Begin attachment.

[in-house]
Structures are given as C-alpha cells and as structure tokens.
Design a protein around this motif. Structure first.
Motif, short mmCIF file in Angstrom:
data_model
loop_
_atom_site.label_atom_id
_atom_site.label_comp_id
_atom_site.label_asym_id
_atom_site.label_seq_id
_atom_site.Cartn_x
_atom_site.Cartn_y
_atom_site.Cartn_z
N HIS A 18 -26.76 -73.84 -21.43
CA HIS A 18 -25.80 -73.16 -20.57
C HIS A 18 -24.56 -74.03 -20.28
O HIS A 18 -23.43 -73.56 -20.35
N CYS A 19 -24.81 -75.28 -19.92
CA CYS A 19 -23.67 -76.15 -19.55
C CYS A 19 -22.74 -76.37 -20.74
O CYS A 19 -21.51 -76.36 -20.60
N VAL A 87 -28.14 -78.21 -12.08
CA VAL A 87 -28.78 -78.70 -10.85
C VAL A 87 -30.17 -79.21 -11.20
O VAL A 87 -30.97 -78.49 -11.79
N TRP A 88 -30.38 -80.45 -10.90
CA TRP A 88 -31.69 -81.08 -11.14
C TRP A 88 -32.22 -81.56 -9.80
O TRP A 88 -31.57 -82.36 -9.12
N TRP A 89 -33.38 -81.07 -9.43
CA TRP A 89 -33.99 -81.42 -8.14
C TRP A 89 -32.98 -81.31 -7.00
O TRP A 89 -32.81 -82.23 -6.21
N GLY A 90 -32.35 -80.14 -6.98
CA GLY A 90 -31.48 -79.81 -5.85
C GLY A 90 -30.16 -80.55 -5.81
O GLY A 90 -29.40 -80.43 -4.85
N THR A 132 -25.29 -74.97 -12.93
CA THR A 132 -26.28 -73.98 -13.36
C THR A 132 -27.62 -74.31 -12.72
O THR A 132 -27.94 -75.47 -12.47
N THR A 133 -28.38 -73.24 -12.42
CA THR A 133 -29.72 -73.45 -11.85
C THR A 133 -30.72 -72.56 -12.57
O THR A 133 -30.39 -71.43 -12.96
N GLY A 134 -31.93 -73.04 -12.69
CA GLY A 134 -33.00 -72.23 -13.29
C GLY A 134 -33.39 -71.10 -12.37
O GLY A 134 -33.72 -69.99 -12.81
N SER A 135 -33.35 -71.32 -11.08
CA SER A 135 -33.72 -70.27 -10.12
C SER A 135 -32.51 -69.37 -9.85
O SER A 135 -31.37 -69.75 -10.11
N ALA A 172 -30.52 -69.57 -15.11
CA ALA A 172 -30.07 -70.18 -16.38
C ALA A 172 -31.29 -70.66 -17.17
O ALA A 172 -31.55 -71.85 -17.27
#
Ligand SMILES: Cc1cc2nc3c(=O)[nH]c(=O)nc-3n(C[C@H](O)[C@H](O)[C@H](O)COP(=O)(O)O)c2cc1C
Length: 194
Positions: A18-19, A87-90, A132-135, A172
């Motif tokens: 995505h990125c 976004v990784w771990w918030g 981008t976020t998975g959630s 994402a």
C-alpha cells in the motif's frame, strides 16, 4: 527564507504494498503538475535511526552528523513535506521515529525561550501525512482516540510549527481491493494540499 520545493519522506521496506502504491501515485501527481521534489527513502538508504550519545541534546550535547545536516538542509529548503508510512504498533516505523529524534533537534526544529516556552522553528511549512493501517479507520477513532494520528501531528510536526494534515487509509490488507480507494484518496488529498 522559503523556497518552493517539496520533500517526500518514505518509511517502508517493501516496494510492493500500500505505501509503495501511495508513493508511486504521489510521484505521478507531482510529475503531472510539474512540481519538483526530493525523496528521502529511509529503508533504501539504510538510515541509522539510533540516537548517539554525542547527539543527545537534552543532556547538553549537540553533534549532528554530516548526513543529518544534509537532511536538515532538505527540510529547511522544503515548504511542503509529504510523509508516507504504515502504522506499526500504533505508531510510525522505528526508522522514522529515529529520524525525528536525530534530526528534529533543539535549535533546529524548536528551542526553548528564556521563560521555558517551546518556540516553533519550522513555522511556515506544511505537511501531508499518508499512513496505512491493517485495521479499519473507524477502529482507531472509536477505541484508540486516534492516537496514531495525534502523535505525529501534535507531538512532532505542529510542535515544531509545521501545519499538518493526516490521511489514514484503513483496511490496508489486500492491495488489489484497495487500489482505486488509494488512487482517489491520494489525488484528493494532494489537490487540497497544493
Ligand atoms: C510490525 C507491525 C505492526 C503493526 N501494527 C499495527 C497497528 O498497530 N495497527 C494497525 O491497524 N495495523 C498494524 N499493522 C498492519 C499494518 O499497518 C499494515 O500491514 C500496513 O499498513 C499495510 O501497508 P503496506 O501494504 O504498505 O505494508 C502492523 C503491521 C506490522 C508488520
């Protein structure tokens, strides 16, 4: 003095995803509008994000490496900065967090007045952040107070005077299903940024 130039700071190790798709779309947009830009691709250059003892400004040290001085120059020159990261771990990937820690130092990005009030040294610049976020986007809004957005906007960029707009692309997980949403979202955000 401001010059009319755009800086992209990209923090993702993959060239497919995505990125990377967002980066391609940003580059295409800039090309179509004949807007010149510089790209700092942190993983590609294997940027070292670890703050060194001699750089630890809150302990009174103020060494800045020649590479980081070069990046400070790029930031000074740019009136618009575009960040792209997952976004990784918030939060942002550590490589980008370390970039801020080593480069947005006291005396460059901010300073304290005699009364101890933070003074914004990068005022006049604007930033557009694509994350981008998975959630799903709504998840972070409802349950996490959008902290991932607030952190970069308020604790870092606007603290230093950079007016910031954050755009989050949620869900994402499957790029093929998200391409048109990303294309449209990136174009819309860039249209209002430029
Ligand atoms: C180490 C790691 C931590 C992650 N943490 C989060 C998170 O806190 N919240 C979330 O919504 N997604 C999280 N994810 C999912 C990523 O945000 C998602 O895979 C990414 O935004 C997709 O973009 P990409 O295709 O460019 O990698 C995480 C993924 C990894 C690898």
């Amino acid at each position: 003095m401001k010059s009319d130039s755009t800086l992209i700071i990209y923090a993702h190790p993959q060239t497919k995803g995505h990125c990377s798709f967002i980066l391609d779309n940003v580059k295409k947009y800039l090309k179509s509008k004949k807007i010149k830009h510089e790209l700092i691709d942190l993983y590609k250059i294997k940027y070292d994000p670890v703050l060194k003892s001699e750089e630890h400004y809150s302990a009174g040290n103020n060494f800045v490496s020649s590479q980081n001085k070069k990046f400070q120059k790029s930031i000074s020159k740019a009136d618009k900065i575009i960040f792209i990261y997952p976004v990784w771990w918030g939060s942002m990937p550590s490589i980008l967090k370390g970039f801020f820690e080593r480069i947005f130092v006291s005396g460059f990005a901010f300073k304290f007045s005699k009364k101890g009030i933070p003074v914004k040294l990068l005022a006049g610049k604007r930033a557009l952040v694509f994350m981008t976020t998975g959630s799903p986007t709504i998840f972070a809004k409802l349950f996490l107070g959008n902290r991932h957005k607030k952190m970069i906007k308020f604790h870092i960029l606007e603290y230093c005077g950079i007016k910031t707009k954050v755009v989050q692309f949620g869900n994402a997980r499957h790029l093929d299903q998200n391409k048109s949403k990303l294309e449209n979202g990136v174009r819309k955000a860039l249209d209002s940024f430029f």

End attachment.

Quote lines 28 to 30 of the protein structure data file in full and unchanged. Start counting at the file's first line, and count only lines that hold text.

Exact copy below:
C TRP A 88 -32.22 -81.56 -9.80
O TRP A 88 -31.57 -82.36 -9.12
N TRP A 89 -33.38 -81.07 -9.43